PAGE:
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This article was published on October 6, 2011

Facebook facing class action lawsuit from Kansas lawyer over tracking cookies

Facebook facing class action lawsuit from Kansas lawyer over tracking cookies

Facebook user John Graham, a 42-year-old Leawood lawyer from Kansas, is suing the leading social network in representation of the 150 million Facebook users in the United States. According to Graham, Facebook is in violation of wiretap laws as it uses a tracking cookie to record web browsing history after users have already logged off of Facebook.

Both Facebook and Graham are currently declining to comment.

In the past, courts have dismissed similar cases filed under wiretap law against Facebook, claiming that computer cookies do not equal wiretaps. In these previous filings, plaintiffs were unable to prove how Facebook has harmed users. In response to similar cases, Facebook issued this official statement:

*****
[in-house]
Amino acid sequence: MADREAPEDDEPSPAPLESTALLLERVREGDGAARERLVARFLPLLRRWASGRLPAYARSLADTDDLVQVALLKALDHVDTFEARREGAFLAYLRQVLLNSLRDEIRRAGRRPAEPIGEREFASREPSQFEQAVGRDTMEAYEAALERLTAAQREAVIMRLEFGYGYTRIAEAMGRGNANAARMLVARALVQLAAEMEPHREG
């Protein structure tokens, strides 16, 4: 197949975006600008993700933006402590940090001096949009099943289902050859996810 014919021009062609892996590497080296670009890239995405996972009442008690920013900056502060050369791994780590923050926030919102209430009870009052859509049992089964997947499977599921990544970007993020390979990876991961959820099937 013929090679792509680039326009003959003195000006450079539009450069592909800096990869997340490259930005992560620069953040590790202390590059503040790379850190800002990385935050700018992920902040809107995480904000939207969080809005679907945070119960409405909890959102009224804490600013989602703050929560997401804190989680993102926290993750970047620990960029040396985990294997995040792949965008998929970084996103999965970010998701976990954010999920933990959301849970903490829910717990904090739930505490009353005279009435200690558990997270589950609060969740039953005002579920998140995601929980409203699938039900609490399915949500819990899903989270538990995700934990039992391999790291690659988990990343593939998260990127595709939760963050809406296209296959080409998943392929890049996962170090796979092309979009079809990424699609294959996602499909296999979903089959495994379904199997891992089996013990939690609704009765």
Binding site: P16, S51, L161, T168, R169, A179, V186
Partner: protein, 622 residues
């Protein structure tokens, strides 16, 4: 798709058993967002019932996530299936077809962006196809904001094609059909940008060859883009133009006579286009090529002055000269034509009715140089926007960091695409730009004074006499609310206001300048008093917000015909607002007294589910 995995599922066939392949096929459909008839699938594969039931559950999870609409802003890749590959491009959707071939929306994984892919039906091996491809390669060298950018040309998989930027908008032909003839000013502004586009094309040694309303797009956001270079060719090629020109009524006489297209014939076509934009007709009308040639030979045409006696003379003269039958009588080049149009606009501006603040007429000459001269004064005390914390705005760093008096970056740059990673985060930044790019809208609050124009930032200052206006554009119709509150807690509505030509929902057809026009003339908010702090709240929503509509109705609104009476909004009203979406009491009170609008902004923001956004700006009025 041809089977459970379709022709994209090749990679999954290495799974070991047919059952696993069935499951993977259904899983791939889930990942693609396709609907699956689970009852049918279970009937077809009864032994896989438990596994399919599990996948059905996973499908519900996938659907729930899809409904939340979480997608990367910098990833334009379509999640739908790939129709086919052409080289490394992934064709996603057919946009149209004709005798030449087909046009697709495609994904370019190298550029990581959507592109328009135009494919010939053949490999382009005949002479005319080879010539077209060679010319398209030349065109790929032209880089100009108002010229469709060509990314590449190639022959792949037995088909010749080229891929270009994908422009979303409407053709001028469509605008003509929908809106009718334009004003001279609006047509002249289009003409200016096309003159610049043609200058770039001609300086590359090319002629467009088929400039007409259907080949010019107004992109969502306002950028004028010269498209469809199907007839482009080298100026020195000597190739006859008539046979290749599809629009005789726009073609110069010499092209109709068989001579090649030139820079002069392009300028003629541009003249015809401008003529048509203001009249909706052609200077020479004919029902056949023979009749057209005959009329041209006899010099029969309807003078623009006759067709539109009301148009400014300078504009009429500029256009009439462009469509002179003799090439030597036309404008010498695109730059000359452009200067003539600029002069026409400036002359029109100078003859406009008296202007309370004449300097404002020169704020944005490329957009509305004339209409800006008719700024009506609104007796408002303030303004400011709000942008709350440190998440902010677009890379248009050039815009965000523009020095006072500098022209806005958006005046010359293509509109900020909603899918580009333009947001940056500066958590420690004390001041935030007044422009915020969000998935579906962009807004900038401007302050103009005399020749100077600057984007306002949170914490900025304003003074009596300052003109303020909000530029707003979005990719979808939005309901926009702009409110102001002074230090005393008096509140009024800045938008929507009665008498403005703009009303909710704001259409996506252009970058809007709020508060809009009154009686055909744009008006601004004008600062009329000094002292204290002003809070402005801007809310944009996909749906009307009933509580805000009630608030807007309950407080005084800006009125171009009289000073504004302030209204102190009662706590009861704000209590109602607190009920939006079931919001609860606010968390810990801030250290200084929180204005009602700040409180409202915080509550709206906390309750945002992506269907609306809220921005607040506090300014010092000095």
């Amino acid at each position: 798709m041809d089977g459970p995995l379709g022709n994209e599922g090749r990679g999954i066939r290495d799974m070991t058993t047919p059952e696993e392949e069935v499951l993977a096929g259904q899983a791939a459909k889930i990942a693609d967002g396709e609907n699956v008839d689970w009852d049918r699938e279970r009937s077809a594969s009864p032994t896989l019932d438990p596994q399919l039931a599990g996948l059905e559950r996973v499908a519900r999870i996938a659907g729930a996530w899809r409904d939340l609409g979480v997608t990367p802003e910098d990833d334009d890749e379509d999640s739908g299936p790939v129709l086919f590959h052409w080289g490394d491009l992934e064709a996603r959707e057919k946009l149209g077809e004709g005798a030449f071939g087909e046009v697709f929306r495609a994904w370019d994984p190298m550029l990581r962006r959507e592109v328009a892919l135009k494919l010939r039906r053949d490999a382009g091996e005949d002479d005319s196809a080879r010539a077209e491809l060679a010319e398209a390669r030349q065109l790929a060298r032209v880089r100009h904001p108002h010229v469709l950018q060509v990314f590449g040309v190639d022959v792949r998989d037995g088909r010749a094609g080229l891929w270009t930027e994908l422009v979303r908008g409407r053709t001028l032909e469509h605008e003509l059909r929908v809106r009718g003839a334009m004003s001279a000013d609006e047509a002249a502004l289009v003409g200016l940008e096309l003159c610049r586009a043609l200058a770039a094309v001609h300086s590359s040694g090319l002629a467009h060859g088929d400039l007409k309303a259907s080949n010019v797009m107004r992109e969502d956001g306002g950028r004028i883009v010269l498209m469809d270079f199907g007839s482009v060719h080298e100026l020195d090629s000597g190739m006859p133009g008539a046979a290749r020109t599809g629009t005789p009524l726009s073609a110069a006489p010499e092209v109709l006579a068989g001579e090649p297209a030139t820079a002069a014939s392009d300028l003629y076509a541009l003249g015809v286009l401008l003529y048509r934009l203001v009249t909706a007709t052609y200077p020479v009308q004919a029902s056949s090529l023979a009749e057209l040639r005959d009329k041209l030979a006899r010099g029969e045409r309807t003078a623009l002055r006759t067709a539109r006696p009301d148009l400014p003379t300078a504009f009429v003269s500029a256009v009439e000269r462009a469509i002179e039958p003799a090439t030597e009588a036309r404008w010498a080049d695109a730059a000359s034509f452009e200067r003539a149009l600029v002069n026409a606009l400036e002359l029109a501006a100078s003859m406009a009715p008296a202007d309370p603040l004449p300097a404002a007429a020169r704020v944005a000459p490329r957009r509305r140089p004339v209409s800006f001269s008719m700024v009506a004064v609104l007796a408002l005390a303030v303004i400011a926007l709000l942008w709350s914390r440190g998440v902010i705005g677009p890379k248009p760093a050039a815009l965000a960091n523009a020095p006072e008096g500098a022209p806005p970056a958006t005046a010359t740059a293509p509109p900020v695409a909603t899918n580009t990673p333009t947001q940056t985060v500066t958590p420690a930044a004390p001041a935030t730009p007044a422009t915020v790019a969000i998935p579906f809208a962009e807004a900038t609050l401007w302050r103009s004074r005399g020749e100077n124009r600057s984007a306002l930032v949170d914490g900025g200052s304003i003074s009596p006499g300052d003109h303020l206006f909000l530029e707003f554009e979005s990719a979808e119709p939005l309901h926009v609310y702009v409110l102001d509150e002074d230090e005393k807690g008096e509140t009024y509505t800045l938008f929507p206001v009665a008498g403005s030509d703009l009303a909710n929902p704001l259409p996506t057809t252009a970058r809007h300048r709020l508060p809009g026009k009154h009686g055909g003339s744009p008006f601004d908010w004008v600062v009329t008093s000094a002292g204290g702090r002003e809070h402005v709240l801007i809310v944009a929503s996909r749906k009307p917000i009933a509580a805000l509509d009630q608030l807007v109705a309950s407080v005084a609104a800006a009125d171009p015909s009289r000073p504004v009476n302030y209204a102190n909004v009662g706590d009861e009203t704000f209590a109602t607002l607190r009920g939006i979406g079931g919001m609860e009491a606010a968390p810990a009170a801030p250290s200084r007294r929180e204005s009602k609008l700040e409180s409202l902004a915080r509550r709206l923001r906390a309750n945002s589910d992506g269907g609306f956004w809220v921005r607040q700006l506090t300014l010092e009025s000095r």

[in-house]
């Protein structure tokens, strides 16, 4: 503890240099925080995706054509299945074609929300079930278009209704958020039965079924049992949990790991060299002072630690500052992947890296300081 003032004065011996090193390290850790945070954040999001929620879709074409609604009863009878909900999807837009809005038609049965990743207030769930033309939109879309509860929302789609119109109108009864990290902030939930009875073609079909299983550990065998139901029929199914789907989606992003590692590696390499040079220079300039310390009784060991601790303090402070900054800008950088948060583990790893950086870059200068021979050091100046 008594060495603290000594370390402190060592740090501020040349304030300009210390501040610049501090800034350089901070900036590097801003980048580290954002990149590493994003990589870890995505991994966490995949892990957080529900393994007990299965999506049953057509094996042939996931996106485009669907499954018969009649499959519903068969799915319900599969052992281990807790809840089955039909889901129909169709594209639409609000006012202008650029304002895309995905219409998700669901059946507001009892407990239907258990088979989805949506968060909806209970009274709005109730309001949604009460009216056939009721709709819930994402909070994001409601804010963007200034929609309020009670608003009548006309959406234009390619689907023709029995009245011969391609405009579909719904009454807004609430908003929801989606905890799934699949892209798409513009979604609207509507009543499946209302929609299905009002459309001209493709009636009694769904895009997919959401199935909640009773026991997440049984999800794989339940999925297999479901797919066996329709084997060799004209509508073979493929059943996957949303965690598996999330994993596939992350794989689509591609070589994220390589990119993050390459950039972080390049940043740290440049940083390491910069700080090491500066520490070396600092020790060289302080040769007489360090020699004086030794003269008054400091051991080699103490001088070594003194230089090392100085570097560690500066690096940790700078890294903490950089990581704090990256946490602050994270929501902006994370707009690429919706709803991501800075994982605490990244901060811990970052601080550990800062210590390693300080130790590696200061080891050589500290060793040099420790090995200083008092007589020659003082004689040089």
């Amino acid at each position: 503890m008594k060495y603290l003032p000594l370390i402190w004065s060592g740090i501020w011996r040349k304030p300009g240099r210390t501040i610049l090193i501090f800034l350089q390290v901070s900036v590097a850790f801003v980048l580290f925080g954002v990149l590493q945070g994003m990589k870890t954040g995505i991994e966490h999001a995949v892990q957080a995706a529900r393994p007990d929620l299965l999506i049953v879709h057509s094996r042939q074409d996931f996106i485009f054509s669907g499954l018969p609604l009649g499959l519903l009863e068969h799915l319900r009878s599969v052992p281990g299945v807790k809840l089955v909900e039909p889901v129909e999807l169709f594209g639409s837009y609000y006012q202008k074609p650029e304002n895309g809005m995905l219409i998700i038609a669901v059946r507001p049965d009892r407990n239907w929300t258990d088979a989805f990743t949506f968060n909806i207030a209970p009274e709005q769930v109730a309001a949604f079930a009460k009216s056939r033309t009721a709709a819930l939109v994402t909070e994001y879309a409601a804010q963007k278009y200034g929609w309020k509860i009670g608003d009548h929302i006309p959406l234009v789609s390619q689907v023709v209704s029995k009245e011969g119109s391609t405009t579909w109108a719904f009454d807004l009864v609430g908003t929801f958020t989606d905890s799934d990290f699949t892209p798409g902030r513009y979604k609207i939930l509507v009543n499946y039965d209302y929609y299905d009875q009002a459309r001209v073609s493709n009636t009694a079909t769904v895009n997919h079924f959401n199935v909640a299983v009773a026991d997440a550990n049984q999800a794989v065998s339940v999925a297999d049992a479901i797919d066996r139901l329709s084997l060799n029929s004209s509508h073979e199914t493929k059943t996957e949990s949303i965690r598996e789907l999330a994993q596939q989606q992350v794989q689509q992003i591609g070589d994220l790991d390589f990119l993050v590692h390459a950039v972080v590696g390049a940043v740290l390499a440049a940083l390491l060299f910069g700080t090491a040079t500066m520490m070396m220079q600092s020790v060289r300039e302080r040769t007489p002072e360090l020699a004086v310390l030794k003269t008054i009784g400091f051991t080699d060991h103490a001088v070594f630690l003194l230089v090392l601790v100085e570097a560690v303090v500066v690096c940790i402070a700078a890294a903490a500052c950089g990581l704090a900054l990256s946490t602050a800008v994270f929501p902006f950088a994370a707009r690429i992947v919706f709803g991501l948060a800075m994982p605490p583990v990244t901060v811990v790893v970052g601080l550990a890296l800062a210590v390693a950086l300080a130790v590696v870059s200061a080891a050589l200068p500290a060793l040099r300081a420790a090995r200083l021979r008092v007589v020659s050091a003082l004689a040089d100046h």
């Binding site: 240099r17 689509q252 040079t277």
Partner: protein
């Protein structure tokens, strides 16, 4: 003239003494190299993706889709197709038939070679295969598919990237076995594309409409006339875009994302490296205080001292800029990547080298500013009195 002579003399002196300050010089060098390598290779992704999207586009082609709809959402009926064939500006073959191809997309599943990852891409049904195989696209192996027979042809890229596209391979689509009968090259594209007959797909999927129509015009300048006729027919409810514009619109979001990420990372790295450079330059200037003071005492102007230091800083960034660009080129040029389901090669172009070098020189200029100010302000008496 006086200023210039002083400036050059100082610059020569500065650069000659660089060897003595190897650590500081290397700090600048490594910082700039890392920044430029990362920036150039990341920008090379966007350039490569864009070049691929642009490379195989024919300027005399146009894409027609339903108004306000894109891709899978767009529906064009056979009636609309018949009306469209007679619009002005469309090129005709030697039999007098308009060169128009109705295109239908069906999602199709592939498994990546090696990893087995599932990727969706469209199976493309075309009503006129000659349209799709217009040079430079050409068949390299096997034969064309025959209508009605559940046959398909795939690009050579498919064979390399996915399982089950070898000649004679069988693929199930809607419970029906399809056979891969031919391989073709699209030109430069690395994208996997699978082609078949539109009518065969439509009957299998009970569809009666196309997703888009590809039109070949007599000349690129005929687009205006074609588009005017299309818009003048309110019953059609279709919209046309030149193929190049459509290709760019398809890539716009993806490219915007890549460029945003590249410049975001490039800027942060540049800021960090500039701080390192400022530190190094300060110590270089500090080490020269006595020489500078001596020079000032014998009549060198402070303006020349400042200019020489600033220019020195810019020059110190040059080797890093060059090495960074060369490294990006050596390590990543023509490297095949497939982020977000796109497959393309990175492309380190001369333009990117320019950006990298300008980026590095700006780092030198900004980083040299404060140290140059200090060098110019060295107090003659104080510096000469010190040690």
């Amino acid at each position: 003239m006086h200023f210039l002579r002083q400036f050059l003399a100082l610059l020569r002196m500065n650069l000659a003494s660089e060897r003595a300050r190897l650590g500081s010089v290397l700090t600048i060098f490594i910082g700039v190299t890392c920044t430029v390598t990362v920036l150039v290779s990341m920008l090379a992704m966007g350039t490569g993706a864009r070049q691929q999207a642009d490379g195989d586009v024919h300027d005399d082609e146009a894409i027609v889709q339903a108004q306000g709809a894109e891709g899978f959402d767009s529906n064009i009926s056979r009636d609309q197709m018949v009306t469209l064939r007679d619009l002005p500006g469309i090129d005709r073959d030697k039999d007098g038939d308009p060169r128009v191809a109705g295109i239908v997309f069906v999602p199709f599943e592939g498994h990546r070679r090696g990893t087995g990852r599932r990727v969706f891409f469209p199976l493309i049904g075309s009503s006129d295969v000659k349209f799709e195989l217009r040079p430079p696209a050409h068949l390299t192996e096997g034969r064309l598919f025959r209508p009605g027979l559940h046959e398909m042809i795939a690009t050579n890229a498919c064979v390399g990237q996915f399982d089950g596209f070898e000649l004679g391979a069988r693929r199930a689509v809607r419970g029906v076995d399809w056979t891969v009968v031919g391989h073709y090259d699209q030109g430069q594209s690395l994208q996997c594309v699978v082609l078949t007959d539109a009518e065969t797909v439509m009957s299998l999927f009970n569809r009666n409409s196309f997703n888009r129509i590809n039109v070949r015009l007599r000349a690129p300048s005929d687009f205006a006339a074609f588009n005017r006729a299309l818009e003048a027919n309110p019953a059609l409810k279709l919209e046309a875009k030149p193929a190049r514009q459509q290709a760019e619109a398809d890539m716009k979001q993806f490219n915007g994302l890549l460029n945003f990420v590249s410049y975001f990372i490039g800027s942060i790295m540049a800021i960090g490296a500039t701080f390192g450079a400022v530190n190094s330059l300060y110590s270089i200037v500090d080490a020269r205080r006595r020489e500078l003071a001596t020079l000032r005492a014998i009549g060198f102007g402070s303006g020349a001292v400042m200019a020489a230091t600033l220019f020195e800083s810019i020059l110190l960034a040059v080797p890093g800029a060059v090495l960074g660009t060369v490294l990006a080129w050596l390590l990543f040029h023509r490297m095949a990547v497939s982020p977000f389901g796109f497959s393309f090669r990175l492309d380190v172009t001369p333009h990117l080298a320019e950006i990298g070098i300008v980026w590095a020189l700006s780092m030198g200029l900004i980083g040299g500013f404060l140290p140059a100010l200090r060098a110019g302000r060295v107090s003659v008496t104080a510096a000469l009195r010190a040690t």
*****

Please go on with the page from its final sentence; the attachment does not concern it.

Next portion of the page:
“Three of these cookies on some users’ computers inadvertently included unique identifiers when the user had logged out of Facebook. However, we did not store these identifiers for logged out users. Therefore, we could not have used this information for tracking or any other purpose.”

Facebook is under a lot of heat.

This Kansas lawsuit refers to several state law claims in violation of the Kansas Consumer Protection Act. This is added to the heap of cases in the past where Facebook has been sued over its supposed failure to follow the federal Wiretap Act, a law that prohibits the interception of wire, oral or electronic communications.

The Electronic Privacy Information Center and the American Civil Liberties Union along with eight other privacy groups have collaborated on a letter sent just last week to the Federal Trade Commission. In this letter, these groups urge the FTC to investigate how Facebook is currently collecting information on the online activity of its users, most especially in time with Facebook’s recent changes.

If Graham’s lawsuit succeeds, Facebook might have to cough up statutory damages of $100 per day for each of the class members, or $10,000 per violation, punitive damages and attorney fees with court costs. Additionally, Graham seeks a preliminary and temporary injunction to halt Facebook from storing the mentioned data on its servers.

You tell us: Were you aware that Facebook has been storing your data even after you’ve logged off the platform? How does this make you feel? With the piles of cases stacking up against the social network, who are you rooting for and why? Sound off in the comments.